Reducing height of sea wall is a 'waste of money'
Reducing the height of the Clontarf flood defence wall is "short-sighted" and a "waste of taxpayers' money", according to the Dublin Chamber of Commerce.
City councillors agreed on Monday night that the sea wall height would drop from 4.25 metres to 3.95 metres.
However, a number of city representatives have blasted the decision, with Labour councillor Rebecca Moynihan describing it as "bizarre".
Ms Moynihan said it was really "irresponsible" of the council to reduce the height of the wall.
The drop means that it will now not be in line with national flood defence standards.
The cost of reducing the wall will work out at €230,000, with a further €300,000 for the cost of cladding.
Dublin Chamber chief executive Mary Rose Burke said the decision is "baffling" and called for a council overhaul.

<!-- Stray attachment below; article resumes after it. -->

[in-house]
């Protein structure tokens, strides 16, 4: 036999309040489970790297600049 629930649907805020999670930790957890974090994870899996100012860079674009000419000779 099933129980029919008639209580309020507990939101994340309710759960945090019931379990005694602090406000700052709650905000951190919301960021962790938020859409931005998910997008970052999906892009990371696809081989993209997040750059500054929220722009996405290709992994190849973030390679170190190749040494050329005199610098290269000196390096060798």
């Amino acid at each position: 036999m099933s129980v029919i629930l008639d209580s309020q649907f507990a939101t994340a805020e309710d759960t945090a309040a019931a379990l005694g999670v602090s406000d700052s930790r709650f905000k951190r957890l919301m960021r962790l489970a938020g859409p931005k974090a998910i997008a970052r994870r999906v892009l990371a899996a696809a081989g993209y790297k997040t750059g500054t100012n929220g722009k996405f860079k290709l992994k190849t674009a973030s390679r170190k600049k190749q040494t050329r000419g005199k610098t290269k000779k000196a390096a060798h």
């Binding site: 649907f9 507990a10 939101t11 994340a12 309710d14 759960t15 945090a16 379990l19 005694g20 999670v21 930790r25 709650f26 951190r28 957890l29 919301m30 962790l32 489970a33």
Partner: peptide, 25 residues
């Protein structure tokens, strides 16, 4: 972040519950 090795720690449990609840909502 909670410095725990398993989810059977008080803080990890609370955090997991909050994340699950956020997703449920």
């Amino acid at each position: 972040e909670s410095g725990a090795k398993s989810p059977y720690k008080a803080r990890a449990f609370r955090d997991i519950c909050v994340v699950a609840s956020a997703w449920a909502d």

"Reducing the height means that the wall will no longer meet national flood protection standards and defies good and responsible planning," she said.
"We saw in 2011 how real the threat of flooding is to Dublin.
"Since then, Dublin City Council has responded well to ensure that Dublin is equipped to cope in the future, as global warming leads to rising tides.
"This decision serves as a kick in the teeth for other towns and cities in Ireland, which are crying out for better flood defences."
The council decision went against the recommendations of council chief executive Owen Keegan. "It doesn't comply with national coastal flood protection," Mr Keegan said.
It is understood the height of the wall may be revisited in the future and might have to be increased due to climate change and higher tides.
Fine Gael councillor for Clontarf Naoise O Muiri said that the height decrease had already been agreed following a mediation process.
He added that he stood by his vote. "There was a lot of local concern about a barrier," he said.